A Look Back: How the Current Mortgage Rate Compares to Historical Data

One factor that could help you make your decision to buy now is how today’s mortgage rates compare to historical data. While higher than the average 30-year fixed rate in recent years, the latest rates are still comparatively low when you look at the bigger picture of where rates have been since 1971 (see graph below):

How Homeownership Impacts You: Rising Rates

Mark Fleming, Chief Economist at First Americanexplains it like this:

“. . . historical context is important. An average 30-year, fixed mortgage rate of 5.5 percent is still well below the historical average of nearly 8 percent.”

If you’re deciding whether to buy now or wait, this is important context to have. Today’s mortgage rate still gives you a window of opportunity to lock in a rate that’s comparatively lower than decades past.

A Look Ahead: What Happens if Rates Climb Further

The buyers who are springing into action now are also motivated to make their move because they know rates have risen steadily this year, and they’re eager to get ahead of any further increases.

Why? When mortgage rates climb, they impact the monthly mortgage payment you’ll have on the home you’re buying. Basically, it’ll likely cost you more to buy a home if you wait. Experts say mortgage rates will rise (although more moderately) in the months ahead. Odeta Kushi, Deputy Chief Economist at First Americanexplains:

“. . . ongoing inflationary pressure remains likely to push mortgage rates even higher in the months to come.”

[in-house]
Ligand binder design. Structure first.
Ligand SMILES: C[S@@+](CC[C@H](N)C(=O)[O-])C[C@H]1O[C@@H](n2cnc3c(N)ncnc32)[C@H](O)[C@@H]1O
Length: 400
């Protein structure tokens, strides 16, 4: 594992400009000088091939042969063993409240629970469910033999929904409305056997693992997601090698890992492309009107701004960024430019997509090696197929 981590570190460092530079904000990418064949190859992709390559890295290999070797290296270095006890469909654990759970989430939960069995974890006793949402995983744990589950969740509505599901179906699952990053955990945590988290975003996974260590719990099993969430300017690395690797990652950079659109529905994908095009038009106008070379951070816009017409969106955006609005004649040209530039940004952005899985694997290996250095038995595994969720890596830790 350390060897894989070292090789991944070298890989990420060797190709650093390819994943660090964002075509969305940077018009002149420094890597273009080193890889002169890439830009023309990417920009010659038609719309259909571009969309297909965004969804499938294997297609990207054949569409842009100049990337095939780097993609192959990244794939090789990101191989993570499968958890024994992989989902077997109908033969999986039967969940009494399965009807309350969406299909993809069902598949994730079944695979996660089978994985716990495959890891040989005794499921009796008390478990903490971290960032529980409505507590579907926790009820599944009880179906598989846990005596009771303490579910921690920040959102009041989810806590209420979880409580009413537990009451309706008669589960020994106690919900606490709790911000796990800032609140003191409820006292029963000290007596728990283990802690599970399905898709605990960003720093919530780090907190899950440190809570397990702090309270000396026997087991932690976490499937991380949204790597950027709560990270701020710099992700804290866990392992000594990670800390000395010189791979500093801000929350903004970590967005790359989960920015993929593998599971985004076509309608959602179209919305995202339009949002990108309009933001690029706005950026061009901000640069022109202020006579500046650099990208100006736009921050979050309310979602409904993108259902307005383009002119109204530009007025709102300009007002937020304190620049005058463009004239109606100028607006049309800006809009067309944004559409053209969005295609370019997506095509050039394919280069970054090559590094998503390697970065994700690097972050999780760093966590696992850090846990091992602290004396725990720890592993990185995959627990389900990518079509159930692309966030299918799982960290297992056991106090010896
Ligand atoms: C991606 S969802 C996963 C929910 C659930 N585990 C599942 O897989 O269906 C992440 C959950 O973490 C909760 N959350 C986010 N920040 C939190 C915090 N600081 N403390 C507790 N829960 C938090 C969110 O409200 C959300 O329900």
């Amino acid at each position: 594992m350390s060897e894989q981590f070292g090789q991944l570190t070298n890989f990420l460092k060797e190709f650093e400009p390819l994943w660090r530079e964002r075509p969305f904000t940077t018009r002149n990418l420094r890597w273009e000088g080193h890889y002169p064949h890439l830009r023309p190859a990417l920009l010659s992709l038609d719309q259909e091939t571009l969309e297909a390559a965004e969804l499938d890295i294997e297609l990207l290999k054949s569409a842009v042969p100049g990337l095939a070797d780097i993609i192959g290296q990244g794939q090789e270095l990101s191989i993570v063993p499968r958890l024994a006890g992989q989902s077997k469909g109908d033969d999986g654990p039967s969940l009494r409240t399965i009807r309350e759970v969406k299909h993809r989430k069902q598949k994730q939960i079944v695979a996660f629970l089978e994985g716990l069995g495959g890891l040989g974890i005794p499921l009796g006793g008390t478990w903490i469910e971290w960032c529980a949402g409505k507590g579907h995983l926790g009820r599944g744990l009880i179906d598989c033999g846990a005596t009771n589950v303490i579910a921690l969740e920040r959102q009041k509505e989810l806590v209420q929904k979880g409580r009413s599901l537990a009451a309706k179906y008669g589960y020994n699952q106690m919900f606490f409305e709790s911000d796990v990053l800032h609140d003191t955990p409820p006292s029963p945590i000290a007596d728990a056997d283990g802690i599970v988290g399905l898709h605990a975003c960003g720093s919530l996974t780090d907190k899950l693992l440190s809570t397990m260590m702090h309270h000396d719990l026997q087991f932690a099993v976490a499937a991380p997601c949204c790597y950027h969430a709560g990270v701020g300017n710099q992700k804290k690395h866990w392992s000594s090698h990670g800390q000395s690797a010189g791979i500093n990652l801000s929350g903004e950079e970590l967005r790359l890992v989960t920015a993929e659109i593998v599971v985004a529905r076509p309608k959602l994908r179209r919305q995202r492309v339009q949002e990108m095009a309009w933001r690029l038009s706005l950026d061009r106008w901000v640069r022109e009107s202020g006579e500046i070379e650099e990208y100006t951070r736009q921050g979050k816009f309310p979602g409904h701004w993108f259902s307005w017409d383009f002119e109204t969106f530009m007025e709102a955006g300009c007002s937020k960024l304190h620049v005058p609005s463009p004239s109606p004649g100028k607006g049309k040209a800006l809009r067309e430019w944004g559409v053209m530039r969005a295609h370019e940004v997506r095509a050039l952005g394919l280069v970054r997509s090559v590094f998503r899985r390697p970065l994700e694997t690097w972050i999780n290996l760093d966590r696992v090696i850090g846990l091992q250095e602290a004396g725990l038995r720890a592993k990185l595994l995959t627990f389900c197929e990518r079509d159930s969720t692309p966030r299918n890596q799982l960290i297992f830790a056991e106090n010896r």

So, if you’re ready and financially able to buy now, it may make more sense to get off the fence and make your purchase sooner rather than later. As Nadia Evangelou, Senior Economist at the National Association of Realtors (NAR), says:

With even higher interest rates on the horizon, I don’t see any reason to hold off from purchasing a home right now. If you feel financially secure, you should start looking for a home.”

Homeownership is truly a way to find greater satisfaction and happiness and to build financial freedom. If National Homeownership Month has you dreaming about purchasing a home, then let’s connect to begin the process today.

You may know that rates are on the rise, but waiting to purchase a home can cost you. Read more about why you should by a home now, versus waiting.

What loan options do I have?

FHA Loans are a great option for a first-time homebuyer, often with lower down payment options and less stringent qualifying guidelines.

VA Loans are a great resource if you have served or your spouse has served in the military. They offer zero down payment options as well as other benefits. To learn more click here.

USDA Loans also offer zero down payment options and accept credit scores down to 600. To learn more about USDA loans click here.

If you’re ready to buy a home, it may make sense to move forward with your plans despite rising inflation. If you want expert advice on your specific situation and how to time your purchase, let’s connect.

Want to see what your mortgage payment might look like? Check out our mortgage calculator below: